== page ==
Between the mid-1950s and a few years before her death in April 2005, Miss Joan Kersey Corder built up a library of books and manuscripts to assist her study and the writing of four important works on Suffolk heraldry and Suffolk families.

Page from volume 1 of Heraldic Monumental Remains by Mrs Ann Mills of Stutton (HD2418/51/1/Pg194)

She was born in 1921, into an old Suffolk family and moved to Felixstowe in 1937 where her father died six months later. After four years service in the WAAF, she returned to Felixstowe to keep house for her semi-invalid mother. From about 1957 to 1965 she toured the churches of Suffolk photographing every monument with effigies of those commemorated and every surviving hatchment. These photographs are items HD2418/96/7-9.

In 1957 she started work on a Dictionary of Suffolk Arms.  It was hailed ‘the first substantial English work in ordinary form since Papworth’s Ordinary of 1878′ and ‘within its territorial limits… a great improvement on Papworth’.  In 1967 Joan Corder was elected a Fellow of the Society of Antiquaries.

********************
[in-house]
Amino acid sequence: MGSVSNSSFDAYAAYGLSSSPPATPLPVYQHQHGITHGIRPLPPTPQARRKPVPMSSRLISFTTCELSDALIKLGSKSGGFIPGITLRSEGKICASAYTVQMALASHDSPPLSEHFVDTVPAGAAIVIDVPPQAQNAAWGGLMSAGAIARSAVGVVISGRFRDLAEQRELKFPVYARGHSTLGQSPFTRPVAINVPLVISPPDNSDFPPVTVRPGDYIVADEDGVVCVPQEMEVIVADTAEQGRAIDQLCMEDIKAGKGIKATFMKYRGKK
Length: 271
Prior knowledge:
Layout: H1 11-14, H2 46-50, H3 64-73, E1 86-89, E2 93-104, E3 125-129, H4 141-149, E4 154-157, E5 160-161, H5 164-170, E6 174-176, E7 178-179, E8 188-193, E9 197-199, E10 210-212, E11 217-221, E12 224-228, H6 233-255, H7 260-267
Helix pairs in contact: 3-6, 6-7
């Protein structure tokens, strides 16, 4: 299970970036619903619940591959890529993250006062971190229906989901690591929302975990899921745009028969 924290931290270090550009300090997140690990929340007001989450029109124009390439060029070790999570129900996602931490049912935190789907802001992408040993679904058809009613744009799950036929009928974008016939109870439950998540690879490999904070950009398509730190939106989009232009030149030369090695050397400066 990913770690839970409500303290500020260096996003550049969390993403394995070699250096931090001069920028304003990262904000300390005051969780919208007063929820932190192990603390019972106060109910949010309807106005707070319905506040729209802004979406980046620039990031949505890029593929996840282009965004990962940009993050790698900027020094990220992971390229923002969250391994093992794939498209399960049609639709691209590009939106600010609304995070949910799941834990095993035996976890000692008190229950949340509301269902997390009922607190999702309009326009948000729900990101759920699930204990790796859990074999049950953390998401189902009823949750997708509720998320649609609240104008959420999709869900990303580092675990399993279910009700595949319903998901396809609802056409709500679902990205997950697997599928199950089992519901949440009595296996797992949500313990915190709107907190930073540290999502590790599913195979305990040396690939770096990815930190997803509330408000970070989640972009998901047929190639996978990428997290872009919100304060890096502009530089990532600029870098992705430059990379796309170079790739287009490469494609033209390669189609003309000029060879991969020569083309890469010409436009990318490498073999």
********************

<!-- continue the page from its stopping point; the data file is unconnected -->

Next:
She then worked on an edition of William Hervey’s Visitation of Suffolk 1561 for the Harleian Society. When published an eminent reviewer wrote ‘the impeccable scholarship of Miss Joan Corder has produced… perhaps the best ever transcript of a Visitation’ praising ‘the wealth of genealogical and heraldic detail drawn not only from wills and parish registers but from a great miscellany of printed works and manuscript sources’.  In 1988 work began on a Dictionary of Suffolk Crests which appeared ten years later. Thanks to her, Suffolk is better served for heraldic reference than any other county in the British Isles, and she has established standards and methods of working for larger surveys, notably the great Dictionary of British Arms.

The Corder collection of eighty-seven East Anglian manuscripts and nineteen additional items was purchased for the county in 2006 for the use of current and future local and family historians and topographers.  This was made possible by the generosity of local people, trusts and societies, as well as grants from national bodies such as the Victoria and Albert Museum, Friends of the National Libraries and the Heritage Lottery Fund.